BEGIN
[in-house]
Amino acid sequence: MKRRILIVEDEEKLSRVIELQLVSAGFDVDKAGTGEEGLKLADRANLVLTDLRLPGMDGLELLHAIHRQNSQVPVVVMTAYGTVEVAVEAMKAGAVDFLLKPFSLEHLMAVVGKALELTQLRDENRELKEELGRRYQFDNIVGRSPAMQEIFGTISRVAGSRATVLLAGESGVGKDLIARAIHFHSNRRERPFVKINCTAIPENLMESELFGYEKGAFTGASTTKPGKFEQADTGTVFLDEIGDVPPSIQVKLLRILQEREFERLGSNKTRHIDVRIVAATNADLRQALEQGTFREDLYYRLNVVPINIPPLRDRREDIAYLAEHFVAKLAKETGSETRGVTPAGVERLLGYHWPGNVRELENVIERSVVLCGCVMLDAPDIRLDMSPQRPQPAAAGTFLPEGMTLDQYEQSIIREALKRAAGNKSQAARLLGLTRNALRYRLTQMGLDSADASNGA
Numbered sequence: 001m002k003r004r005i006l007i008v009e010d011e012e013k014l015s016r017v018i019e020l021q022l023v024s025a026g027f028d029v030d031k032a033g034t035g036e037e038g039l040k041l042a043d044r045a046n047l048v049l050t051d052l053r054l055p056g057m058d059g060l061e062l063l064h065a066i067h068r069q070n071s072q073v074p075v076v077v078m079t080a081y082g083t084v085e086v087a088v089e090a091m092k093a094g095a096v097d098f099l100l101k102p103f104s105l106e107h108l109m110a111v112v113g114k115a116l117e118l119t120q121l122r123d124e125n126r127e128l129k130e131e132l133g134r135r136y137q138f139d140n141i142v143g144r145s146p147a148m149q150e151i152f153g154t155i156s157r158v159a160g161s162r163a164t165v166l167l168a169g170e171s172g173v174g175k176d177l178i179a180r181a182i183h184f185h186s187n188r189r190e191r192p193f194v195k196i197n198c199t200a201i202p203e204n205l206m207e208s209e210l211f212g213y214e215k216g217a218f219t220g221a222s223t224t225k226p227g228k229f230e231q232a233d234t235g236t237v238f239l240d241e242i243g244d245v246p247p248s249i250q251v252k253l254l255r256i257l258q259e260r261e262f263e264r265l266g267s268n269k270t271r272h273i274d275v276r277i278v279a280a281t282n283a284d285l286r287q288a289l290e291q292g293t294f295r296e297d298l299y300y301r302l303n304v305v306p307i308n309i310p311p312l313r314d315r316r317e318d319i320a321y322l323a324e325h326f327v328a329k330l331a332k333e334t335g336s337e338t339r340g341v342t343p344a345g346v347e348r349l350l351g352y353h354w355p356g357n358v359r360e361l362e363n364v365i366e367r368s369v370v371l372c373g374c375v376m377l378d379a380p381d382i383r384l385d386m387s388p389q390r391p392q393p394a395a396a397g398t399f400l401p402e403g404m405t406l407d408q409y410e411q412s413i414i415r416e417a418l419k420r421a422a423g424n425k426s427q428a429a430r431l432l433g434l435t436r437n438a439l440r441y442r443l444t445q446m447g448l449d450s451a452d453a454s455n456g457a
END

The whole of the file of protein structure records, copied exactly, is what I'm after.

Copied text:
[in-house]
Amino acid sequence: MKRRILIVEDEEKLSRVIELQLVSAGFDVDKAGTGEEGLKLADRANLVLTDLRLPGMDGLELLHAIHRQNSQVPVVVMTAYGTVEVAVEAMKAGAVDFLLKPFSLEHLMAVVGKALELTQLRDENRELKEELGRRYQFDNIVGRSPAMQEIFGTISRVAGSRATVLLAGESGVGKDLIARAIHFHSNRRERPFVKINCTAIPENLMESELFGYEKGAFTGASTTKPGKFEQADTGTVFLDEIGDVPPSIQVKLLRILQEREFERLGSNKTRHIDVRIVAATNADLRQALEQGTFREDLYYRLNVVPINIPPLRDRREDIAYLAEHFVAKLAKETGSETRGVTPAGVERLLGYHWPGNVRELENVIERSVVLCGCVMLDAPDIRLDMSPQRPQPAAAGTFLPEGMTLDQYEQSIIREALKRAAGNKSQAARLLGLTRNALRYRLTQMGLDSADASNGA
Numbered sequence: 001m002k003r004r005i006l007i008v009e010d011e012e013k014l015s016r017v018i019e020l021q022l023v024s025a026g027f028d029v030d031k032a033g034t035g036e037e038g039l040k041l042a043d044r045a046n047l048v049l050t051d052l053r054l055p056g057m058d059g060l061e062l063l064h065a066i067h068r069q070n071s072q073v074p075v076v077v078m079t080a081y082g083t084v085e086v087a088v089e090a091m092k093a094g095a096v097d098f099l100l101k102p103f104s105l106e107h108l109m110a111v112v113g114k115a116l117e118l119t120q121l122r123d124e125n126r127e128l129k130e131e132l133g134r135r136y137q138f139d140n141i142v143g144r145s146p147a148m149q150e151i152f153g154t155i156s157r158v159a160g161s162r163a164t165v166l167l168a169g170e171s172g173v174g175k176d177l178i179a180r181a182i183h184f185h186s187n188r189r190e191r192p193f194v195k196i197n198c199t200a201i202p203e204n205l206m207e208s209e210l211f212g213y214e215k216g217a218f219t220g221a222s223t224t225k226p227g228k229f230e231q232a233d234t235g236t237v238f239l240d241e242i243g244d245v246p247p248s249i250q251v252k253l254l255r256i257l258q259e260r261e262f263e264r265l266g267s268n269k270t271r272h273i274d275v276r277i278v279a280a281t282n283a284d285l286r287q288a289l290e291q292g293t294f295r296e297d298l299y300y301r302l303n304v305v306p307i308n309i310p311p312l313r314d315r316r317e318d319i320a321y322l323a324e325h326f327v328a329k330l331a332k333e334t335g336s337e338t339r340g341v342t343p344a345g346v347e348r349l350l351g352y353h354w355p356g357n358v359r360e361l362e363n364v365i366e367r368s369v370v371l372c373g374c375v376m377l378d379a380p381d382i383r384l385d386m387s388p389q390r391p392q393p394a395a396a397g398t399f400l401p402e403g404m405t406l407d408q409y410e411q412s413i414i415r416e417a418l419k420r421a422a423g424n425k426s427q428a429a430r431l432l433g434l435t436r437n438a439l440r441y442r443l444t445q446m447g448l449d450s451a452d453a454s455n456g457a